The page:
Despite Growth, FAs See Market Troubles Ahead
The Advisor Confidence Index in September continued a marked slide begun in June. As reasons for their pessimism, planners pointed to instability in the Middle East and uncertainty around the Federal Reserve’s plans for ending its quantitative-easing campaign.
WealthManagement.com’s latest ACI, based on a survey of around 150 mainly RIA-based advisors, fell about 1% from 116.9 in August to 115.7 in September. The gauge began the year at 123.0. An ACI reading above 100 is generally positive; anything below that mark points to pervasively negative sentiment.
Two of the ACI’s four components declined last month, with the view on the U.S. stock market six months out (down 3.5%) leading the way. The view on the present state of the economy was down only 0.5%. The other two components, views on the U.S. economy six and 12 months in the future, were unchanged.
The written-comment portion of the latest ACI survey makes for gloomy reading. “We have had an unprecedented run of the central bank printing money,” writes Paul Bennett of United Capital Private Wealth Counseling near Washington, D.C. “As a result, the correlation between the Fed’s balance sheet growth and the growth of the S&P is of great concern.” For Roger Willroth of Marrs Wealth Management in Ames, Iowa, “mid-term elections, geopolitical concerns, ending of quantitative easing and the specter of rising interest rates” mean “the stock market will be going nowhere fast, with a lot of volatility” in coming months. Bleaker still, Mark Carlton of Trademark Financial Management in Edina, Minn., sees markets starting “to roll over ahead of a recession in the second half of 2015.”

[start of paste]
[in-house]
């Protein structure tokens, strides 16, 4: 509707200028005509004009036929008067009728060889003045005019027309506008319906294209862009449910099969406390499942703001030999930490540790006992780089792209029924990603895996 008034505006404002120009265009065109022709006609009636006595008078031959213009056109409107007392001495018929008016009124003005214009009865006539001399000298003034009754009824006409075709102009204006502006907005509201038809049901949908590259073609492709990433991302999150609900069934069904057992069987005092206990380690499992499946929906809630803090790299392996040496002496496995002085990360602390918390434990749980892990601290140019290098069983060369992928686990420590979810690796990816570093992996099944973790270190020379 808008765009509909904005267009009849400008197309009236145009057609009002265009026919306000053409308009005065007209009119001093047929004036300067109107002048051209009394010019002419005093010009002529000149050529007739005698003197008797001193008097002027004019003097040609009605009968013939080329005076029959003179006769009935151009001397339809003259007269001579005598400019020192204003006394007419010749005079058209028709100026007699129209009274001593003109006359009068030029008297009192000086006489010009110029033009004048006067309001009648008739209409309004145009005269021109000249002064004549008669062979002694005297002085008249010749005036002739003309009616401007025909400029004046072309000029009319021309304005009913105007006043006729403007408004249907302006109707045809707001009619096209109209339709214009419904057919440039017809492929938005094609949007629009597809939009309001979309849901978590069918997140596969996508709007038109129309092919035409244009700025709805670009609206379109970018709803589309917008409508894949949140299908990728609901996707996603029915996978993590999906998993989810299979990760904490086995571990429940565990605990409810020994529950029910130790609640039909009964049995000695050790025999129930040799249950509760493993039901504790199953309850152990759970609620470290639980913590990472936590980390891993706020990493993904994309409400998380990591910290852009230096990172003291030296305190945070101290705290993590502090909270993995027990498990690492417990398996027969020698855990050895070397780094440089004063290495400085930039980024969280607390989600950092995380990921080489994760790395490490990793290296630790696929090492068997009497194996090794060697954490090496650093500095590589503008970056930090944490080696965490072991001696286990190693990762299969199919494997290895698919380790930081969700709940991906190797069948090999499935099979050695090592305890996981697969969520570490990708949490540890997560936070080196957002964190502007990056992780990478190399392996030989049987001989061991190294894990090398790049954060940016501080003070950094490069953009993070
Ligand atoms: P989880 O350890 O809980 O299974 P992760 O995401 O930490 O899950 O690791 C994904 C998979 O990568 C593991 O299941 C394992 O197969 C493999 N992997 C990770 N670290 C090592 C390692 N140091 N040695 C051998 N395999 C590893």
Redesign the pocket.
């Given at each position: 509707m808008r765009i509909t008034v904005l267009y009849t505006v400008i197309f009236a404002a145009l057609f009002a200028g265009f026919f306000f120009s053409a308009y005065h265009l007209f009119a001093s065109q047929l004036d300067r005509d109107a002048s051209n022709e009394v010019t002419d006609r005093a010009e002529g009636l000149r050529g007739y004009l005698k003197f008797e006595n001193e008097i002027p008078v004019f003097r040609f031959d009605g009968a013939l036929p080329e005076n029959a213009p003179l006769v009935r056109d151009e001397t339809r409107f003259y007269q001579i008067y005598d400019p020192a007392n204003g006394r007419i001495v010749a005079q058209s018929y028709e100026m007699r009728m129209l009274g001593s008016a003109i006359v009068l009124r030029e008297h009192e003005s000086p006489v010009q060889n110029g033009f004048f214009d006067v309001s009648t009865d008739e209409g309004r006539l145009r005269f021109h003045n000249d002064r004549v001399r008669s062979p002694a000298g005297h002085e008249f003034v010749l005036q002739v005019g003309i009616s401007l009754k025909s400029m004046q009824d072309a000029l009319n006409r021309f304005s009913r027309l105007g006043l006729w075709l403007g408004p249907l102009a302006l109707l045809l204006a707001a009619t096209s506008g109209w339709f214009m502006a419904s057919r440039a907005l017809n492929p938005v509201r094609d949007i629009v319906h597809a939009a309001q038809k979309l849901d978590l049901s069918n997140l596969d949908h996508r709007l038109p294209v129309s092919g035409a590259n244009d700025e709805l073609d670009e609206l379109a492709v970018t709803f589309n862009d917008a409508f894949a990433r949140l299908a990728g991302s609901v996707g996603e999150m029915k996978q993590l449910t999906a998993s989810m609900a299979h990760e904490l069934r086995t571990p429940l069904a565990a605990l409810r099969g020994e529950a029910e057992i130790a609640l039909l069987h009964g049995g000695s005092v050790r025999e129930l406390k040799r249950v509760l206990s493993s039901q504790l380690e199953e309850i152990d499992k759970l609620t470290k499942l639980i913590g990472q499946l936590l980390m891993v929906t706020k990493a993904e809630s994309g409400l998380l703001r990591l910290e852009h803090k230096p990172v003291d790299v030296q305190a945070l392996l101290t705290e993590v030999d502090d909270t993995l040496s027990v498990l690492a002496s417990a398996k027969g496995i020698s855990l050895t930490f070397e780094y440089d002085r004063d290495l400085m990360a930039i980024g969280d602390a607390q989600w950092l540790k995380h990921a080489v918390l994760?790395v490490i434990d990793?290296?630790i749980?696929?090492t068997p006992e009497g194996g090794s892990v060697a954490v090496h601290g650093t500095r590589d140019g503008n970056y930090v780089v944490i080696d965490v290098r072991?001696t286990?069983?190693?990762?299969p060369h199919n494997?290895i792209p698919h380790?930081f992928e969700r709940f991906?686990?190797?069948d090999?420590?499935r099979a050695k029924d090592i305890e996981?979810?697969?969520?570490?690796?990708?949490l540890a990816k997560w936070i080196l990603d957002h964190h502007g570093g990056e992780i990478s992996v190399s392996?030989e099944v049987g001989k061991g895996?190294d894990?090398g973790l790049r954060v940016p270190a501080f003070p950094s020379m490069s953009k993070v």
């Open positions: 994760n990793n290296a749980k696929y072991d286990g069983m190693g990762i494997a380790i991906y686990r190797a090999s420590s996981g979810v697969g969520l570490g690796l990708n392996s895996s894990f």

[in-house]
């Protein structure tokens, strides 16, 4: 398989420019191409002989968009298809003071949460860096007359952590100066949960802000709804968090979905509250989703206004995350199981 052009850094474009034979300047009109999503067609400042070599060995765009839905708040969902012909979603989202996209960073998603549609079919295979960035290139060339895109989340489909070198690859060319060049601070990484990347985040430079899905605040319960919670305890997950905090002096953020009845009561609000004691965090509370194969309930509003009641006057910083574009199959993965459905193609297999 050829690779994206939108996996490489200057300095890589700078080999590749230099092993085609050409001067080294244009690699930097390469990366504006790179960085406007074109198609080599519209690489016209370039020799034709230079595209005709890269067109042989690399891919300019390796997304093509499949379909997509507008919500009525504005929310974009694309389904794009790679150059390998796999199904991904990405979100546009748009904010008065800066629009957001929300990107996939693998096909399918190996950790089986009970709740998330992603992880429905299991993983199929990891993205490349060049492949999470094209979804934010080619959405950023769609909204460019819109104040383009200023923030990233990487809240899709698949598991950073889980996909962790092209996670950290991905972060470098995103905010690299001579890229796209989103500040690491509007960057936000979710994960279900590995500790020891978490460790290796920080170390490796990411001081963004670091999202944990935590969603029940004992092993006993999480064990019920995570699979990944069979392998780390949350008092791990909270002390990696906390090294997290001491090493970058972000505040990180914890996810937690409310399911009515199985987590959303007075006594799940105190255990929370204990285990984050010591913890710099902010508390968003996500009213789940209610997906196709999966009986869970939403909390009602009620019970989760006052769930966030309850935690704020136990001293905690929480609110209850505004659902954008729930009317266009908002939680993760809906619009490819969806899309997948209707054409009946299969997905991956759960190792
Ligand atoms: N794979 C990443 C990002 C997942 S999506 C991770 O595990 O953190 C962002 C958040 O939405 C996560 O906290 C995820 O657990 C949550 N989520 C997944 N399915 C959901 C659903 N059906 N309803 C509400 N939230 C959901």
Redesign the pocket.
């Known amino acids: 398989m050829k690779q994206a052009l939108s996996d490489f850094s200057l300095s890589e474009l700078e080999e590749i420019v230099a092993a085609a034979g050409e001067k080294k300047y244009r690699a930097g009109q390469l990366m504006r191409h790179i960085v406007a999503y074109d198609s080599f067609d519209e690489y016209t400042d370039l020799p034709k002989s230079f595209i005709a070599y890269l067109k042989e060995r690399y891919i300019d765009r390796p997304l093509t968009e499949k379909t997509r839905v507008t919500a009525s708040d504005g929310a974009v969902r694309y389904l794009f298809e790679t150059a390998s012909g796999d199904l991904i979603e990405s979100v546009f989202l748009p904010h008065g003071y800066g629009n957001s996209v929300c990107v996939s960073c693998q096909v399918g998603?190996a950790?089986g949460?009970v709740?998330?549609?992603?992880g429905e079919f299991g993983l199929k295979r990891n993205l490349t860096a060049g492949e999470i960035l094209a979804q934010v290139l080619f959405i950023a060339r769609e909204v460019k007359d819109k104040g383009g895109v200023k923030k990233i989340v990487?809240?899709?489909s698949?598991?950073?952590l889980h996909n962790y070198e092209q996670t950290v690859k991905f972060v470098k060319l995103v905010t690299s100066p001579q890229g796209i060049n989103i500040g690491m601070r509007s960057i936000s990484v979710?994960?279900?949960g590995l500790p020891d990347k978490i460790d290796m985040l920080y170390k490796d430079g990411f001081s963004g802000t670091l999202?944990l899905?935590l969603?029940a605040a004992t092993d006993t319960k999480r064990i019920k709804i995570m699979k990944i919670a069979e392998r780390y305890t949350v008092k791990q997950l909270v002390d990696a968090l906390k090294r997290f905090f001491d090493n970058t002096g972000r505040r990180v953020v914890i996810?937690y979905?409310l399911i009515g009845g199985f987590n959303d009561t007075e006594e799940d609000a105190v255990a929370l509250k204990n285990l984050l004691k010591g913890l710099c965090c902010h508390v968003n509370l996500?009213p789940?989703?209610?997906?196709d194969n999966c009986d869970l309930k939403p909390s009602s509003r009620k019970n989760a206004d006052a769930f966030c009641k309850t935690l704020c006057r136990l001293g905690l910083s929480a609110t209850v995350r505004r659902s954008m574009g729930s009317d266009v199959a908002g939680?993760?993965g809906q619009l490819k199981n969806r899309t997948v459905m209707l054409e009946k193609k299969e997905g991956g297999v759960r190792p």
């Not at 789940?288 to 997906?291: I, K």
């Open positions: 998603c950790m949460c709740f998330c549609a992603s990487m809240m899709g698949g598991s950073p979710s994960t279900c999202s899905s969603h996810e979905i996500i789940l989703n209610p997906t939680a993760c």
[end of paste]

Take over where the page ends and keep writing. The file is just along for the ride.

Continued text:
A rare sunny view comes from Jonathan Foster at Angeles Wealth Management in Santa Monica, Calif., who sees a continuing recovery as cash-rich corporations rush “to deploy this underperforming asset, helping the economic snowball grow and increase in power as it rolls downhill.” His message to investors: “Buy equities today.”
Meanwhile, sentiment among well-off investors surged last month. Spectrem Group’s latest Affluent Investor Confidence Index, gleaned from interviews with “financial decision makers” in households with at least $500,000 in liquid assets, gained eight points in September for a reading of 13 — a height it hasn’t attained since February 2006. “Affluent investors report being anxious to emerge from the sidelines and reengage in the market,” Spectrem’s president George Walper Jr. said in a press release.
But this result may not impress advisors who consider the AICI a contrarian indicator.